Later on, it may seem Trevor just loves killing people for no apparent reason. Well, that’s what I initially thought when I saw the first Rampage mission. This time, Trevor asks a bystander for a sip of beer from his bottle. The man refuses and, when he “accuses” Trevor of having sexual relations with his mother, he loses it and starts shooting people.
However, looking back at it, Trevor doesn’t really lose it (starting the Rampage missions) until the “victims” do two things: accuse him for being Canadian and, more telling, if they suggest he’s had sexual intercourse with his mother. And dialogue actually does hint Trevor almost did because, in Trevor’s own words, “It’s not legally [having sex] if you do not penetrate.” So, either Trevor has some unhealthy relationship with his own mother or he was abused by his parents.
And, during a later mission, it’s hinted it’s the former. One of Trevor’s side missions has his mother visit his home. Trevor’s mother berates her son and delivers a massive guilt trip. While Trevor would usually be angry by this accusations, he turns into a blubbering child and proceeds to steal a van filled with drugs to appease his mother. When he does return with the drugs, his mother is gone. It’s never fully revealed the visit this was just a figment of his imagination but it reveals what a damaged character Trevor really is deep inside.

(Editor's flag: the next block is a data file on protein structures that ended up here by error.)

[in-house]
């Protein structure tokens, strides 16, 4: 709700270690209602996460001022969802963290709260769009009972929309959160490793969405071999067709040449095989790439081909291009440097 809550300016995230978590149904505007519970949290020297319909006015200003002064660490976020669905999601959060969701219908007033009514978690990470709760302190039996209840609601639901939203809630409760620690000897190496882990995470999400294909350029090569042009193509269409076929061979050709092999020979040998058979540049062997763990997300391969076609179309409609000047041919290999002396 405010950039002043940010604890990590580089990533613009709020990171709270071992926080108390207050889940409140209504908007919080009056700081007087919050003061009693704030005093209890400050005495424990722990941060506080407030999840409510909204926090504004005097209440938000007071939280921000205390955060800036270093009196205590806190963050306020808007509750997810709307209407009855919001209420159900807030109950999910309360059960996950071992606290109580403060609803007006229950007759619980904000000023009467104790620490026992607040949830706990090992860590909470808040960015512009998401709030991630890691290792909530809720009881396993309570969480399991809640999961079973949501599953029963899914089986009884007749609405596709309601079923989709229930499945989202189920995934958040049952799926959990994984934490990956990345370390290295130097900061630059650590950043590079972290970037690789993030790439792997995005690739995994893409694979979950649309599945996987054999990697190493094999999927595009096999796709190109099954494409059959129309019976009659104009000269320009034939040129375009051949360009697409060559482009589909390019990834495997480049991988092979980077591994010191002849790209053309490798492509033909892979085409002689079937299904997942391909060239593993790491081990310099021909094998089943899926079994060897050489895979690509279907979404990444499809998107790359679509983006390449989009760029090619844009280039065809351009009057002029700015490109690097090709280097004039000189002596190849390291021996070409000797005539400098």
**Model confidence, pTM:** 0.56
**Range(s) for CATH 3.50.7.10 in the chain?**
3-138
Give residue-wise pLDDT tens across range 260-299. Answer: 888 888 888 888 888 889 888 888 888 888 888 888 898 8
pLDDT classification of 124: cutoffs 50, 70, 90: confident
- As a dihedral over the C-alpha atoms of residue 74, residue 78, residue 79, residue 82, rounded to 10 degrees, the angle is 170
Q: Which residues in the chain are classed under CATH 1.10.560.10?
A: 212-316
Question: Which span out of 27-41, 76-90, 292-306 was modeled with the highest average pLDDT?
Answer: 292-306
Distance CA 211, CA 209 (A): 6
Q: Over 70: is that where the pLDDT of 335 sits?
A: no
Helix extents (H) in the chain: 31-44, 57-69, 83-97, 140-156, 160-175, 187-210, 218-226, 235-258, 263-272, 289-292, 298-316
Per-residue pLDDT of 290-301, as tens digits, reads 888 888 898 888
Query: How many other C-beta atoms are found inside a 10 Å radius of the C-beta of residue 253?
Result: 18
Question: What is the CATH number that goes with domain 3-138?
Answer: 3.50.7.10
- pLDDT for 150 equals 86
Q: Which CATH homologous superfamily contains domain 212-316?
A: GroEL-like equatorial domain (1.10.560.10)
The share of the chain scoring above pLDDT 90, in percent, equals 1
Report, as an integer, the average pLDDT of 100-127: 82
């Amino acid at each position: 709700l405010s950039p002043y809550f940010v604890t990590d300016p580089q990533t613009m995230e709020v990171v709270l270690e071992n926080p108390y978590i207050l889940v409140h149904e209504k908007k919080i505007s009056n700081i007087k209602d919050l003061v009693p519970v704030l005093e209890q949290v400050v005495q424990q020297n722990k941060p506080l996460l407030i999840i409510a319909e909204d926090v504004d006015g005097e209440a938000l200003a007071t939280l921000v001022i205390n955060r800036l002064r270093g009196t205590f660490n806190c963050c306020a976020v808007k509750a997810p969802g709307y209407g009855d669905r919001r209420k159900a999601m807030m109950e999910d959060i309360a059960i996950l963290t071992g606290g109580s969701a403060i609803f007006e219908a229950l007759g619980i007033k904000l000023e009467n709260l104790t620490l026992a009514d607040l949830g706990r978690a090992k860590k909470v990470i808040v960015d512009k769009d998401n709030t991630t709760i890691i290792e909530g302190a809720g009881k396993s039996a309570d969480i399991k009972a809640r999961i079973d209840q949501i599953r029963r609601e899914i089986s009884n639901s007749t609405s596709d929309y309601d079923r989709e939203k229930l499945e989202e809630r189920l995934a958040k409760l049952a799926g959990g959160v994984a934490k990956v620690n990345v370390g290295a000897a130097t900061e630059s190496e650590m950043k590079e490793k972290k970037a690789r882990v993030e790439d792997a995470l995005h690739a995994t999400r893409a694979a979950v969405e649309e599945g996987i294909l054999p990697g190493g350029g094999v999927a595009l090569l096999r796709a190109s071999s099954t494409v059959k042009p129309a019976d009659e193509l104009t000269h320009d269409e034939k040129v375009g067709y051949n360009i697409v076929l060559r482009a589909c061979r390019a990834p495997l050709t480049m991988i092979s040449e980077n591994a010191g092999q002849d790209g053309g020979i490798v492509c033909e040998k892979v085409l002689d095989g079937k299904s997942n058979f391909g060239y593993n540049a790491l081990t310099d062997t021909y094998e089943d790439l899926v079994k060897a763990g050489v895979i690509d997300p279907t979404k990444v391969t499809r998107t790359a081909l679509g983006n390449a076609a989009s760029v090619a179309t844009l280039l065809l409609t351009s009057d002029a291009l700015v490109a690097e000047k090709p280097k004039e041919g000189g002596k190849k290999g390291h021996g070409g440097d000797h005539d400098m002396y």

Trevor is actually heartbroken he has to return Patricia to her husband.Trevor may seem like a murderous psychopath most of the time but, throughout GTA V’s story, he also shown to have a great capacity to care for others as well. When Michael (now using the last name De Santa) and Trevor reunite and James tells them Tracey’s trying out for Fame or Shame, it’s Trevor that gets Michael to rush to the stadium to rescue her from humiliating herself.